Starnes, Ho and Hiram Sasser, who is director of litigation at the Liberty Institute, all say they represent the plaintiff parents and cheerleaders on a pro bono basis. But they say they expect eventually to have a court grant their request that the school district pay their fees.
On May 23, KISD filed a notice of appeal of Thomas’ ruling with the 9th Court. In an Aug. 23-filed appellate brief KISD sought reversal of Thomas’ order and clarifications from the appeals court. In the brief, KISD states it has decided to allow the religious-themed banners to be displayed but it argues the banners are school-sponsored speech and that the school district must maintain ultimate oversight and veto power of banner messages at football games. The KISD brief argues that the religious messages on the banners do not violate the Establishment Clause because they do not establish a religion in the community.
The KISD brief also argues that Thomas’ order did not grant relief to the cheerleaders and parents on “the central argument of their case: their claim that the banners were ‘private speech.’ “
“The run-through banners represent the school, not the individual cheerleaders,” the KISD brief states, noting the potential problems that could arise if the school lost oversight of the banners, including opening the door for unsportsman-like or even racist messages.
In an amicus brief filed on Sept. 5, the ACLU and its Texas chapter likewise argue that the banners represent school-sponsored speech. But the ACLU brief argues the banners should be banned based on the Establishment Clause’s bar to government participation in establishing religion.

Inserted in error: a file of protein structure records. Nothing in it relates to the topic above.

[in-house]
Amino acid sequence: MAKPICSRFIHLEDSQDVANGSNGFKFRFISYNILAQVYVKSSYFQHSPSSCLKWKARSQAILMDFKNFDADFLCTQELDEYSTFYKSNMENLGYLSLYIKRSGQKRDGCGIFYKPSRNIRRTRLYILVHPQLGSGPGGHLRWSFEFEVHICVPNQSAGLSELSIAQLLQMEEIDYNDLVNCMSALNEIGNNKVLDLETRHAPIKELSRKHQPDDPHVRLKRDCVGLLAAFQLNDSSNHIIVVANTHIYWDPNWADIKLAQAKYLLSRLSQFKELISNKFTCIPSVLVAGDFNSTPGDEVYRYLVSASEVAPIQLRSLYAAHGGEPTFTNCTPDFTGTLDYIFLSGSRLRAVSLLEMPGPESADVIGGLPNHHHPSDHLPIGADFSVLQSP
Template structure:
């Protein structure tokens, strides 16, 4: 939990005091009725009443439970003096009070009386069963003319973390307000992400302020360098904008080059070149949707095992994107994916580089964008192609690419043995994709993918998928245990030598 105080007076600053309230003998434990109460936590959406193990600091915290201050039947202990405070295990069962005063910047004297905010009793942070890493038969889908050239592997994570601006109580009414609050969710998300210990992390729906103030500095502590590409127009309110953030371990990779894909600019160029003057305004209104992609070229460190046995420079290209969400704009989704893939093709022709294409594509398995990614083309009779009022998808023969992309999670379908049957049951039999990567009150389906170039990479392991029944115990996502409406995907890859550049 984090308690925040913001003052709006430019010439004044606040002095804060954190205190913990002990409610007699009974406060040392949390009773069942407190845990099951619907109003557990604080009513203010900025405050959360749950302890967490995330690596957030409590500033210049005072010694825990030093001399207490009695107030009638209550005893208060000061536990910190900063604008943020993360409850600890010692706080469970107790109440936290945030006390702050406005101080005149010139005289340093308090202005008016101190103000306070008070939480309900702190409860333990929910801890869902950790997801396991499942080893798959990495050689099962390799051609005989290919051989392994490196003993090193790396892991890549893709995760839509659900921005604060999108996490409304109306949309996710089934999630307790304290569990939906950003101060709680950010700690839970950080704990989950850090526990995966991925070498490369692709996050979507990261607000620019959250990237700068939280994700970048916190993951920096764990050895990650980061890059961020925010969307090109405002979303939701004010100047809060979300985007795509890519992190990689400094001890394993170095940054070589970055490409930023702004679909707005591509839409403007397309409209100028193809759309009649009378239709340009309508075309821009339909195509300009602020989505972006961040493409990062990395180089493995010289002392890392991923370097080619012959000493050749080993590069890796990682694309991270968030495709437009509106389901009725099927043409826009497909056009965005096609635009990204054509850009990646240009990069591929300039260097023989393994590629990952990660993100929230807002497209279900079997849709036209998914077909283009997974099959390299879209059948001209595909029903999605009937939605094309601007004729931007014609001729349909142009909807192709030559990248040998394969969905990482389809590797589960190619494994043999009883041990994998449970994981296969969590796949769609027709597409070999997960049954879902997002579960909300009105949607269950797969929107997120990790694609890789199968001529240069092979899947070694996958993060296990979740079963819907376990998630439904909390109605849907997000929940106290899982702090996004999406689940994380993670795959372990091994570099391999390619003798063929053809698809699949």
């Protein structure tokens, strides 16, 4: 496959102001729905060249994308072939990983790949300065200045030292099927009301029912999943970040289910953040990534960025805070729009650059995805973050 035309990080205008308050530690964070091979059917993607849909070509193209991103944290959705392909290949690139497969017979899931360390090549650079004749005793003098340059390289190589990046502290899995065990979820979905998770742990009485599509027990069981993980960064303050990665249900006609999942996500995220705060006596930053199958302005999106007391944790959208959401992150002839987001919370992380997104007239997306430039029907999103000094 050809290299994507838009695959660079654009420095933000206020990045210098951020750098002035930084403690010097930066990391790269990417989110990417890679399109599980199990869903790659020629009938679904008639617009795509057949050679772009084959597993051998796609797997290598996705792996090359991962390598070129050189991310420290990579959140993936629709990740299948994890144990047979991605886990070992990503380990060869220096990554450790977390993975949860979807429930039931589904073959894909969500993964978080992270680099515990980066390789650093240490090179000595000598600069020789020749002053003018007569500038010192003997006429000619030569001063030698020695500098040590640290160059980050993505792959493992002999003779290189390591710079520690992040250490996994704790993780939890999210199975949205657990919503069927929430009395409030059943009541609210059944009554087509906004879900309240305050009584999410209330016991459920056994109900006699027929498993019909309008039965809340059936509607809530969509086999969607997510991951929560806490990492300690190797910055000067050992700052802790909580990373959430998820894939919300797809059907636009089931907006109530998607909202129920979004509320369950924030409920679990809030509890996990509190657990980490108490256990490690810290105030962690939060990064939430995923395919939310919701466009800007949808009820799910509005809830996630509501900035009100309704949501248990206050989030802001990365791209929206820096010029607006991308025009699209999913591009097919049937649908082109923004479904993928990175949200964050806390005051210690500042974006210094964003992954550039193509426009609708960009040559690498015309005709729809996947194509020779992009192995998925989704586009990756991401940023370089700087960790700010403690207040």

The AG’s office declines to comment on the appeal. In a statement posted online after Thomas issued his May summary judgmentorder, the AG’s office states: “This is a victory for religious liberties and for high school cheerleaders who stood up to powerful forces that tried to silence their voices.”
Starnes and Sasser say the KISD appellate brief’s arguments conflict, since religious-themed school-sponsored speech has been deemed unconstitutional. The cheerleaders and parent plaintiffs believe the banners are private speech and therefore do not have to overcome any restrictions set by the Establishment Clause, their lawyers say.
Ho, who began representing plaintiffs after KISD appealed Thomas’ order, writes: “The Establishment Clause issue should be very easy. This is private speech. So there is no issue.”
ACLU of Texas Legal Director Rebecca Robertson, however, welcomes KISD’s decision to identify the banners as school-sponsored.
“I don’t see how anybody could argue that these were private speech,” she says, noting that banners are on school grounds at school events held by school-selected cheerleading squads.
When the plaintiff cheerleaders and their parents file their appellate brief, which is due Oct. 9, they will argue the banners are private speech, say Ho, Sasser and Starnes.
Ho believes the school district may by appealing have invited a big ticket legal bill. “The district court concluded that the cheerleaders are allowed to speak. And the school district says it agrees. So there shouldn’t be any appeal. If the school district wants to minimize attorney’s fees, they should drop the appeal,” Ho writes.